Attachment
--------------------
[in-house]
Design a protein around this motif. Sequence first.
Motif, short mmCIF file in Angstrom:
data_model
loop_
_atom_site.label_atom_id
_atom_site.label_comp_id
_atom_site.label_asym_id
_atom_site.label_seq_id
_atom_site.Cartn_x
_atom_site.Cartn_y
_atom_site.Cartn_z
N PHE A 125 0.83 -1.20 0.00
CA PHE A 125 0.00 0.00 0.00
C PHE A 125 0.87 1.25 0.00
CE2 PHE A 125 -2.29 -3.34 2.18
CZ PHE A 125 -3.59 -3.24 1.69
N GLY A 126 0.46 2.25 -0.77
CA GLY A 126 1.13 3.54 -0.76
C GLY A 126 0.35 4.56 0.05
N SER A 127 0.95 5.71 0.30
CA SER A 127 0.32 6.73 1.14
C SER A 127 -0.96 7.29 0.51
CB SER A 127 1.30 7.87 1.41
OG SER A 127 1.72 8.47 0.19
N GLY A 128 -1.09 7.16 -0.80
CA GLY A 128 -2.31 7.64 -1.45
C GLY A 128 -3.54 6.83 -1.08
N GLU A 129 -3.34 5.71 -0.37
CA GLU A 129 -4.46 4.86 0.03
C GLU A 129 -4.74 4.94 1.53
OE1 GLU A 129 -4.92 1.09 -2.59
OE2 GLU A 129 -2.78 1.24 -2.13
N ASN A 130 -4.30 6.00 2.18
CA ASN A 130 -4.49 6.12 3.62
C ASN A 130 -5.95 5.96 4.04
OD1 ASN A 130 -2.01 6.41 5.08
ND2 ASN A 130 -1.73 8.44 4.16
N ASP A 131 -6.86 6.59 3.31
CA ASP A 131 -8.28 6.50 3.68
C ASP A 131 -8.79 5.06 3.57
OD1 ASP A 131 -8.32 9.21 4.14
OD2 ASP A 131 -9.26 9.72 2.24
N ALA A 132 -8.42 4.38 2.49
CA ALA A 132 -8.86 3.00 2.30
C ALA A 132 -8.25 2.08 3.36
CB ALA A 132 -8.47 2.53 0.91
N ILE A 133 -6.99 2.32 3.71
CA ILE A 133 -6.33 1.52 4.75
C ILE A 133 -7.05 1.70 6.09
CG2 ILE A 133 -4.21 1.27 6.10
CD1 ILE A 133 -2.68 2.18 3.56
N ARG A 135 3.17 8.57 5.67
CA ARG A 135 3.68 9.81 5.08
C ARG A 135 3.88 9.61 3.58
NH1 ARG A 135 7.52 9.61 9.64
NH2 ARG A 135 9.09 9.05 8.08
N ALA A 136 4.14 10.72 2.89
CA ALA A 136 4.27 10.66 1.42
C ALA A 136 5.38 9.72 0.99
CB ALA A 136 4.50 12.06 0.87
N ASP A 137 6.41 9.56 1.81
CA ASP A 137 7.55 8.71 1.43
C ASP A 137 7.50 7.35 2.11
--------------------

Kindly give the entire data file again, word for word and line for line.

[in-house]
Design a protein around this motif. Sequence first.
Motif, short mmCIF file in Angstrom:
data_model
loop_
_atom_site.label_atom_id
_atom_site.label_comp_id
_atom_site.label_asym_id
_atom_site.label_seq_id
_atom_site.Cartn_x
_atom_site.Cartn_y
_atom_site.Cartn_z
N PHE A 125 0.83 -1.20 0.00
CA PHE A 125 0.00 0.00 0.00
C PHE A 125 0.87 1.25 0.00
CE2 PHE A 125 -2.29 -3.34 2.18
CZ PHE A 125 -3.59 -3.24 1.69
N GLY A 126 0.46 2.25 -0.77
CA GLY A 126 1.13 3.54 -0.76
C GLY A 126 0.35 4.56 0.05
N SER A 127 0.95 5.71 0.30
CA SER A 127 0.32 6.73 1.14
C SER A 127 -0.96 7.29 0.51
CB SER A 127 1.30 7.87 1.41
OG SER A 127 1.72 8.47 0.19
N GLY A 128 -1.09 7.16 -0.80
CA GLY A 128 -2.31 7.64 -1.45
C GLY A 128 -3.54 6.83 -1.08
N GLU A 129 -3.34 5.71 -0.37
CA GLU A 129 -4.46 4.86 0.03
C GLU A 129 -4.74 4.94 1.53
OE1 GLU A 129 -4.92 1.09 -2.59
OE2 GLU A 129 -2.78 1.24 -2.13
N ASN A 130 -4.30 6.00 2.18
CA ASN A 130 -4.49 6.12 3.62
C ASN A 130 -5.95 5.96 4.04
OD1 ASN A 130 -2.01 6.41 5.08
ND2 ASN A 130 -1.73 8.44 4.16
N ASP A 131 -6.86 6.59 3.31
CA ASP A 131 -8.28 6.50 3.68
C ASP A 131 -8.79 5.06 3.57
OD1 ASP A 131 -8.32 9.21 4.14
OD2 ASP A 131 -9.26 9.72 2.24
N ALA A 132 -8.42 4.38 2.49
CA ALA A 132 -8.86 3.00 2.30
C ALA A 132 -8.25 2.08 3.36
CB ALA A 132 -8.47 2.53 0.91
N ILE A 133 -6.99 2.32 3.71
CA ILE A 133 -6.33 1.52 4.75
C ILE A 133 -7.05 1.70 6.09
CG2 ILE A 133 -4.21 1.27 6.10
CD1 ILE A 133 -2.68 2.18 3.56
N ARG A 135 3.17 8.57 5.67
CA ARG A 135 3.68 9.81 5.08
C ARG A 135 3.88 9.61 3.58
NH1 ARG A 135 7.52 9.61 9.64
NH2 ARG A 135 9.09 9.05 8.08
N ALA A 136 4.14 10.72 2.89
CA ALA A 136 4.27 10.66 1.42
C ALA A 136 5.38 9.72 0.99
CB ALA A 136 4.50 12.06 0.87
N ASP A 137 6.41 9.56 1.81
CA ASP A 137 7.55 8.71 1.43
C ASP A 137 7.50 7.35 2.11